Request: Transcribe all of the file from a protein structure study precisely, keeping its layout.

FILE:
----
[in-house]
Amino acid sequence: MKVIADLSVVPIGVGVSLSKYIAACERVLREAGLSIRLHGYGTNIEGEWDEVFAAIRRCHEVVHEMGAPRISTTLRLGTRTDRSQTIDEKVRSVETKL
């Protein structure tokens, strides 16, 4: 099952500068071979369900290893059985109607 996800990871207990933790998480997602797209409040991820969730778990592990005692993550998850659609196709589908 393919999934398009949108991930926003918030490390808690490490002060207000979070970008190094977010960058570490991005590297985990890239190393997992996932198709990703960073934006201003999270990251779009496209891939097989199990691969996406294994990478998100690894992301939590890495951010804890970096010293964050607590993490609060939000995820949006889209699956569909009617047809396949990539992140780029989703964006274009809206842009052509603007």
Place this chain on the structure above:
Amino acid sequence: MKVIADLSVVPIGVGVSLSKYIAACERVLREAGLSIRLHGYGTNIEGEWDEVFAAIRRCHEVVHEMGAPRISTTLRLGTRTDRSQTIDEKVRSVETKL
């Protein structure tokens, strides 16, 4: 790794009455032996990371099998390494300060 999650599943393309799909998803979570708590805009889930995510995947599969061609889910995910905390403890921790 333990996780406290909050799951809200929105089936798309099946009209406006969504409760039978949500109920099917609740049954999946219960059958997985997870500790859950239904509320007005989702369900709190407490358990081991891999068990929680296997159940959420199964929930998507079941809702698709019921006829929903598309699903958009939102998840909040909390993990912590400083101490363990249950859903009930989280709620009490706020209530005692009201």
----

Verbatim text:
[in-house]
Amino acid sequence: MKVIADLSVVPIGVGVSLSKYIAACERVLREAGLSIRLHGYGTNIEGEWDEVFAAIRRCHEVVHEMGAPRISTTLRLGTRTDRSQTIDEKVRSVETKL
């Protein structure tokens, strides 16, 4: 099952500068071979369900290893059985109607 996800990871207990933790998480997602797209409040991820969730778990592990005692993550998850659609196709589908 393919999934398009949108991930926003918030490390808690490490002060207000979070970008190094977010960058570490991005590297985990890239190393997992996932198709990703960073934006201003999270990251779009496209891939097989199990691969996406294994990478998100690894992301939590890495951010804890970096010293964050607590993490609060939000995820949006889209699956569909009617047809396949990539992140780029989703964006274009809206842009052509603007």
Place this chain on the structure above:
Amino acid sequence: MKVIADLSVVPIGVGVSLSKYIAACERVLREAGLSIRLHGYGTNIEGEWDEVFAAIRRCHEVVHEMGAPRISTTLRLGTRTDRSQTIDEKVRSVETKL
């Protein structure tokens, strides 16, 4: 790794009455032996990371099998390494300060 999650599943393309799909998803979570708590805009889930995510995947599969061609889910995910905390403890921790 333990996780406290909050799951809200929105089936798309099946009209406006969504409760039978949500109920099917609740049954999946219960059958997985997870500790859950239904509320007005989702369900709190407490358990081991891999068990929680296997159940959420199964929930998507079941809702698709019921006829929903598309699903958009939102998840909040909390993990912590400083101490363990249950859903009930989280709620009490706020209530005692009201």